This book stinks. It stinks of beer and cigarettes. It stinks of 2AM, last call and a tour van way past its expiration date. It stinks of cranked-up guitars, buzzing amps and the sheer exuberance of playing loud. It stinks of The Replacements and waxed up hair and pointed shoes. It stinks of rock 'n' roll.
The Replacements: Waxed Up Hair & Painted Shoes — A Photographic History is an (ironically) note-perfect book about the beloved 'Mats. No lengthy tomes here, analyzing every nuance of their music — not that “Tommy Gets His Tonsils Out” or “Gary’s Got A Boner” require much exploration. And therein lies the greatness of the Replacements and, coincidentally this book. The emotion in these photographs (and their music) is so palpable, so visceral and alive, so full of pure, unadulterated joy it puts a smile on your face. The 'Mats were never a G-R-E-A-T band, but make no mistake; they were a great band. They were the Midwest’s answer to the Faces, juiced up and sloppy.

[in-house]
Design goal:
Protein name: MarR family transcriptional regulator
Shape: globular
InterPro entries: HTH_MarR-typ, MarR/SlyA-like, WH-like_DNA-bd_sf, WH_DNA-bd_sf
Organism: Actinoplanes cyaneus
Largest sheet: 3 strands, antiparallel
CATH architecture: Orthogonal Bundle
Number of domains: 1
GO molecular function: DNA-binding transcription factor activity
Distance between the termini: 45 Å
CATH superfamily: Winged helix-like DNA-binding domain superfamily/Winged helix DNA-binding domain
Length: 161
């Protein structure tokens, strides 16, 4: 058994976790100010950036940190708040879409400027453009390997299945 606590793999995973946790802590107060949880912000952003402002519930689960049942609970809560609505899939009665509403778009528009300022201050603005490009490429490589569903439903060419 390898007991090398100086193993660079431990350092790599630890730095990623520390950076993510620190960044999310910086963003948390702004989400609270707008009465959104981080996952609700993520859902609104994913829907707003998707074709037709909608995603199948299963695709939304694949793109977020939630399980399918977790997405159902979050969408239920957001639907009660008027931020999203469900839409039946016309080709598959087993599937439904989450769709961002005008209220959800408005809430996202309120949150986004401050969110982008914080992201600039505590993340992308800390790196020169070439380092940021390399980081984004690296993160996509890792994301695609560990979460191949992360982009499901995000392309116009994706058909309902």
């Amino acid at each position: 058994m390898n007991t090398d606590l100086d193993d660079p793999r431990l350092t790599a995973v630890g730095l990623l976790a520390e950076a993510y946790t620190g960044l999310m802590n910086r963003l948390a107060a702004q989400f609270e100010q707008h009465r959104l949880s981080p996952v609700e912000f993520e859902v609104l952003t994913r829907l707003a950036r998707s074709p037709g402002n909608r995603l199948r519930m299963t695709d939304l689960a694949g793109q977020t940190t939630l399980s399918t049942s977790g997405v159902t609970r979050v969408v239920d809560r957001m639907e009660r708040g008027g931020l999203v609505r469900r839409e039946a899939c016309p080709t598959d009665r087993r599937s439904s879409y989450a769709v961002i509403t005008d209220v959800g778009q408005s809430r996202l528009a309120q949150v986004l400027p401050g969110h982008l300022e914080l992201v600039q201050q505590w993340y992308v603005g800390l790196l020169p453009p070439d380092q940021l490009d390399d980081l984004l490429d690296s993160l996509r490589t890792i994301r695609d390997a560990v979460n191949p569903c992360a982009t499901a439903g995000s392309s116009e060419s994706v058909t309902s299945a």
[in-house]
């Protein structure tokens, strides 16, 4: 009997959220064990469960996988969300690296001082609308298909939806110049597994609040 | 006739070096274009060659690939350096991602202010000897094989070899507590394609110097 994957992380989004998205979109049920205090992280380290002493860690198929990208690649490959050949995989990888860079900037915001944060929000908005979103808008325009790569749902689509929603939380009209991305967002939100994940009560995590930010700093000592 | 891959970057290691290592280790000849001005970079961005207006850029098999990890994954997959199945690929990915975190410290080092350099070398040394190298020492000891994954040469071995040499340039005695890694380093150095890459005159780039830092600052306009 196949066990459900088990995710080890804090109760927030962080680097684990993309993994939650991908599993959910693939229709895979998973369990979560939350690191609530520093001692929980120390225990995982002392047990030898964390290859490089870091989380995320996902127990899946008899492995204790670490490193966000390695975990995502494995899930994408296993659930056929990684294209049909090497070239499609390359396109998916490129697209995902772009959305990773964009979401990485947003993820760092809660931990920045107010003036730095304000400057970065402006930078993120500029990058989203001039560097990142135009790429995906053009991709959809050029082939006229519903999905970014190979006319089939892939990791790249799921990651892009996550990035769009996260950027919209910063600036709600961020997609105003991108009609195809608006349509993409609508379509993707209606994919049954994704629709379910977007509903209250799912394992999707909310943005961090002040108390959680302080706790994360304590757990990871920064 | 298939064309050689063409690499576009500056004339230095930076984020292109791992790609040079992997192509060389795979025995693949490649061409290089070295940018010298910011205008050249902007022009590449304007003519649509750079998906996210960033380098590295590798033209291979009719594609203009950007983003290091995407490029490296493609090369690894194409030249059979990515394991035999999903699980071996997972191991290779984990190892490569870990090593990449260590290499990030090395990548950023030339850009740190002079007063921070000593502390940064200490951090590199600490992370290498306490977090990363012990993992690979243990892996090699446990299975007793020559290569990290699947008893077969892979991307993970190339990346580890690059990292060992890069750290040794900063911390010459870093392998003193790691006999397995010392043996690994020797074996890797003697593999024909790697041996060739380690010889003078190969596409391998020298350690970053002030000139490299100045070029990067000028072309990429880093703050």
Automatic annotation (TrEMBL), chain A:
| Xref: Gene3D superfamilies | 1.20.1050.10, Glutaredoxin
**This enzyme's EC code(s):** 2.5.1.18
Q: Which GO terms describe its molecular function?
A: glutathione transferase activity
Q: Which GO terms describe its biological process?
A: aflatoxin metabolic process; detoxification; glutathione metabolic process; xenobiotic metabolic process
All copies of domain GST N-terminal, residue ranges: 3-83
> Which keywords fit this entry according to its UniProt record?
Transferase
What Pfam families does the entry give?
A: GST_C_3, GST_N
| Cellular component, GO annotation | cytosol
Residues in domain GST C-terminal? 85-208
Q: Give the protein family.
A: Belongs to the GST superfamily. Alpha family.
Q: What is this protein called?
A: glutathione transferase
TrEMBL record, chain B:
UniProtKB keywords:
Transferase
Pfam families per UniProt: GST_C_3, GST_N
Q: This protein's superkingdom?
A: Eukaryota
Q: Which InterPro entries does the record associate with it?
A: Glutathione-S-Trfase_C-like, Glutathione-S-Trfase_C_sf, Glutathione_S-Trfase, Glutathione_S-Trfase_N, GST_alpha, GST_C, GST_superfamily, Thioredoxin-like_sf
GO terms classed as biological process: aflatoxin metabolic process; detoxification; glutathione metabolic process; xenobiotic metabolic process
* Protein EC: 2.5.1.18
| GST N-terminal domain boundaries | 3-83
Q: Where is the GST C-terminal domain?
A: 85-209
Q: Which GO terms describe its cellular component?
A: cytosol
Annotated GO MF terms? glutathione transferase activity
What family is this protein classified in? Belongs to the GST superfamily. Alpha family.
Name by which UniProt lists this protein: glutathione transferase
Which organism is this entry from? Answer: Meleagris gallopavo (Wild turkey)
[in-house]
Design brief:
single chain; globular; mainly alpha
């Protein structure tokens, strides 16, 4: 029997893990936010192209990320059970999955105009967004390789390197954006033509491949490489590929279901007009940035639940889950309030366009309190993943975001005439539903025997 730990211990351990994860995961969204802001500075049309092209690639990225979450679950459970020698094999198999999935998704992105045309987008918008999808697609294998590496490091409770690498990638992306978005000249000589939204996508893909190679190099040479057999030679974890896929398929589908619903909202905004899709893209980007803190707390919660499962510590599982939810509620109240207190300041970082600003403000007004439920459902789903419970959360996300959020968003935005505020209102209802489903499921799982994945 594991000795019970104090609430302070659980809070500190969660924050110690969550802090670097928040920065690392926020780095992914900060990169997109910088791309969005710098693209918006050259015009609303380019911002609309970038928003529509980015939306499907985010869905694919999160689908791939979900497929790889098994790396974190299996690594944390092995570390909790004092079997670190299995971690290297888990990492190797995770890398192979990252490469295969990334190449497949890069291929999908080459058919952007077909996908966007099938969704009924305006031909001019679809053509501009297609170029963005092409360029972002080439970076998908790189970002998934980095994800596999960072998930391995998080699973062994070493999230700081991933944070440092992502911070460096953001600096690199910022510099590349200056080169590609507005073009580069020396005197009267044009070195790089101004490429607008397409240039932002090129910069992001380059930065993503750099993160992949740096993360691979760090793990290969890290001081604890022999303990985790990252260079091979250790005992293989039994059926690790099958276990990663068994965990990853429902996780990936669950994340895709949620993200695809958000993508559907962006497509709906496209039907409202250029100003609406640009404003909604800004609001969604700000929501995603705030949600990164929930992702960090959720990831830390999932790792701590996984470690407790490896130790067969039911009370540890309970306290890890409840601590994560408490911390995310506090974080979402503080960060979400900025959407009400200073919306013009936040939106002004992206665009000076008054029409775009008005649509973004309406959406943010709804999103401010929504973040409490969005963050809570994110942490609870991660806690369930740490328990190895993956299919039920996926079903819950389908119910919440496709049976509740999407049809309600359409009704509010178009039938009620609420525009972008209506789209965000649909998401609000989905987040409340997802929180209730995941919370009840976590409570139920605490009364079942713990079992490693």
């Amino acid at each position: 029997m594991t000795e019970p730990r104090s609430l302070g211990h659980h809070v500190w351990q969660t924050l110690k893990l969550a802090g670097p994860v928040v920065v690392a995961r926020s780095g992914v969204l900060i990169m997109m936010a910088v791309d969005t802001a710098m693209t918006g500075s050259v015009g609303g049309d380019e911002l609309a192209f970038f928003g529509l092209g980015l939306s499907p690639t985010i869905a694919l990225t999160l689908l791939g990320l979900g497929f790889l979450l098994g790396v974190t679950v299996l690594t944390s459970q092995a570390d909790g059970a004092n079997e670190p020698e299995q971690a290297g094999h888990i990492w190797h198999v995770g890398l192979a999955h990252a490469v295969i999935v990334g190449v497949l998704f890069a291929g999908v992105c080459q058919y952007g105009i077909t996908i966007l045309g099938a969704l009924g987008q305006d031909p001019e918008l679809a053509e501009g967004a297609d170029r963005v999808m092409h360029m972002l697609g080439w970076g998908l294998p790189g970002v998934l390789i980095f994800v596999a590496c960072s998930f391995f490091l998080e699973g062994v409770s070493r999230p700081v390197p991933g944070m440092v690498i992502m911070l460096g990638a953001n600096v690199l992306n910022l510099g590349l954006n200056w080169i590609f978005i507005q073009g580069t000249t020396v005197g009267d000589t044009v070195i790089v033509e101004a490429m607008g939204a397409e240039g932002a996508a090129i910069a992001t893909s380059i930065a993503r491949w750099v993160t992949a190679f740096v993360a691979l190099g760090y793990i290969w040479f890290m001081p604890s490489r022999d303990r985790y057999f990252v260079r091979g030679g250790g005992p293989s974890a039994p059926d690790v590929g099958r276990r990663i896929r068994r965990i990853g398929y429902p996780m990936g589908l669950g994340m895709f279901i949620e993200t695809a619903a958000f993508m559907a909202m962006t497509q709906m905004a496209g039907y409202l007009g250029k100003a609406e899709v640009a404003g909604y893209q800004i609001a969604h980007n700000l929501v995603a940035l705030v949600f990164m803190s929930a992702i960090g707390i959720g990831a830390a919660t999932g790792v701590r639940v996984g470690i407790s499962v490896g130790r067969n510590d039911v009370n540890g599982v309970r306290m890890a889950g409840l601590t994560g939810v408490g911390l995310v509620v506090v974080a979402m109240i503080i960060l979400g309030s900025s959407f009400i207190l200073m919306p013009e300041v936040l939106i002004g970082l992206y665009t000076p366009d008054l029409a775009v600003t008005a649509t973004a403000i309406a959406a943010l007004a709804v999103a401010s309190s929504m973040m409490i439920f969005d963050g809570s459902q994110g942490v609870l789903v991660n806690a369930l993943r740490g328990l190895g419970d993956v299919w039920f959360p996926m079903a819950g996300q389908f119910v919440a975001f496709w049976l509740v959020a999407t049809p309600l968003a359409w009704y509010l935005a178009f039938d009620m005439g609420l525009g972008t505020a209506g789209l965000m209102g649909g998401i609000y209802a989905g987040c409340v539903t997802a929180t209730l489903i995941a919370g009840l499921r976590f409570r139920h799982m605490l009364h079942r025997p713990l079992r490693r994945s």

Speaking about a shoot, photographer Greg Helgeson inadvertantly summed up the the Replacements' philosophy: “no plans, just let the moment direct the flow and take whatever direction felt right.” Paul Westerberg weighs in with, “I don’t think talent is our strong suit. I think…it’s our spirit, if anything.” But I think I’ll second author Jim Walsh’s take on the 'Mats and the scene that birthed them: it was ”raw and real and rooted in the community of hippy but dipped in the disdain of punk and hella full of soul.”
This book is not only an essential visual document of the Replacements and the post-punk Minneapolis garage scene, it is an essential document of rock ‘n’ roll and a link in the chain that connects Little Richard, Elvis, the Stones and The Ramones. Highly, highly recommended.
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